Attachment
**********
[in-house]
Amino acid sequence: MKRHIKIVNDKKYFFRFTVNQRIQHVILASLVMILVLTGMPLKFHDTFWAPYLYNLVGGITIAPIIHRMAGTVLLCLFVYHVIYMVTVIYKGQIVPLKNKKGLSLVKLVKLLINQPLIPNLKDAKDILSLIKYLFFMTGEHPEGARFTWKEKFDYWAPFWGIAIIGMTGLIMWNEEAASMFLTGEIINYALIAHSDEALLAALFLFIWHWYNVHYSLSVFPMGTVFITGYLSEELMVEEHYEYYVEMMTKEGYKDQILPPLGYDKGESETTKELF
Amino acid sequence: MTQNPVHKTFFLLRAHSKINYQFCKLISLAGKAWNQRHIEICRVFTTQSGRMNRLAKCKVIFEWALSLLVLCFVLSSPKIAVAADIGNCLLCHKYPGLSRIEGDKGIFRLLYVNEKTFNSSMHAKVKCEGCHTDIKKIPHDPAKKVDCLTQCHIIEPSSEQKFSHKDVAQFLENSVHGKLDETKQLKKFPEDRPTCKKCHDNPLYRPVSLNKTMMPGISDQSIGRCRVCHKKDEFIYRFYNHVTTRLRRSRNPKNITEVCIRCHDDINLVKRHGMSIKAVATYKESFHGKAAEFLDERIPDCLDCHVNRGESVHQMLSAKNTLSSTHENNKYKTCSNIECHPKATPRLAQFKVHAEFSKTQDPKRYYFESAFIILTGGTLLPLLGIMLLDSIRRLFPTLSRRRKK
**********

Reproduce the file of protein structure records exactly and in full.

[in-house]
Amino acid sequence: MKRHIKIVNDKKYFFRFTVNQRIQHVILASLVMILVLTGMPLKFHDTFWAPYLYNLVGGITIAPIIHRMAGTVLLCLFVYHVIYMVTVIYKGQIVPLKNKKGLSLVKLVKLLINQPLIPNLKDAKDILSLIKYLFFMTGEHPEGARFTWKEKFDYWAPFWGIAIIGMTGLIMWNEEAASMFLTGEIINYALIAHSDEALLAALFLFIWHWYNVHYSLSVFPMGTVFITGYLSEELMVEEHYEYYVEMMTKEGYKDQILPPLGYDKGESETTKELF
Amino acid sequence: MTQNPVHKTFFLLRAHSKINYQFCKLISLAGKAWNQRHIEICRVFTTQSGRMNRLAKCKVIFEWALSLLVLCFVLSSPKIAVAADIGNCLLCHKYPGLSRIEGDKGIFRLLYVNEKTFNSSMHAKVKCEGCHTDIKKIPHDPAKKVDCLTQCHIIEPSSEQKFSHKDVAQFLENSVHGKLDETKQLKKFPEDRPTCKKCHDNPLYRPVSLNKTMMPGISDQSIGRCRVCHKKDEFIYRFYNHVTTRLRRSRNPKNITEVCIRCHDDINLVKRHGMSIKAVATYKESFHGKAAEFLDERIPDCLDCHVNRGESVHQMLSAKNTLSSTHENNKYKTCSNIECHPKATPRLAQFKVHAEFSKTQDPKRYYFESAFIILTGGTLLPLLGIMLLDSIRRLFPTLSRRRKK